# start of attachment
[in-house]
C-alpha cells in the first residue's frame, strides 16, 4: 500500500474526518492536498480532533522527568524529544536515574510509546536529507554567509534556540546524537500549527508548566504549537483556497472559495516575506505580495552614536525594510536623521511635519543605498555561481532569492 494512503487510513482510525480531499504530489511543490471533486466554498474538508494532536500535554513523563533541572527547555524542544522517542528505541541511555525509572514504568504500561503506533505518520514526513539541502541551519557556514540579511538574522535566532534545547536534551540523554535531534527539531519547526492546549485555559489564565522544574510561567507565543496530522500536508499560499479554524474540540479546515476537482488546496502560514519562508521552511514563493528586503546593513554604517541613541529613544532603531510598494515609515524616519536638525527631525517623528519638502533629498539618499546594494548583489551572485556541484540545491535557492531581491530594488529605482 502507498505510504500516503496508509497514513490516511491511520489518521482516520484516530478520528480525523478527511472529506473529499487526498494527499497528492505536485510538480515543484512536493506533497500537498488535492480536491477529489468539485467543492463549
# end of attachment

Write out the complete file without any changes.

[in-house]
C-alpha cells in the first residue's frame, strides 16, 4: 500500500474526518492536498480532533522527568524529544536515574510509546536529507554567509534556540546524537500549527508548566504549537483556497472559495516575506505580495552614536525594510536623521511635519543605498555561481532569492 494512503487510513482510525480531499504530489511543490471533486466554498474538508494532536500535554513523563533541572527547555524542544522517542528505541541511555525509572514504568504500561503506533505518520514526513539541502541551519557556514540579511538574522535566532534545547536534551540523554535531534527539531519547526492546549485555559489564565522544574510561567507565543496530522500536508499560499479554524474540540479546515476537482488546496502560514519562508521552511514563493528586503546593513554604517541613541529613544532603531510598494515609515524616519536638525527631525517623528519638502533629498539618499546594494548583489551572485556541484540545491535557492531581491530594488529605482 502507498505510504500516503496508509497514513490516511491511520489518521482516520484516530478520528480525523478527511472529506473529499487526498494527499497528492505536485510538480515543484512536493506533497500537498488535492480536491477529489468539485467543492463549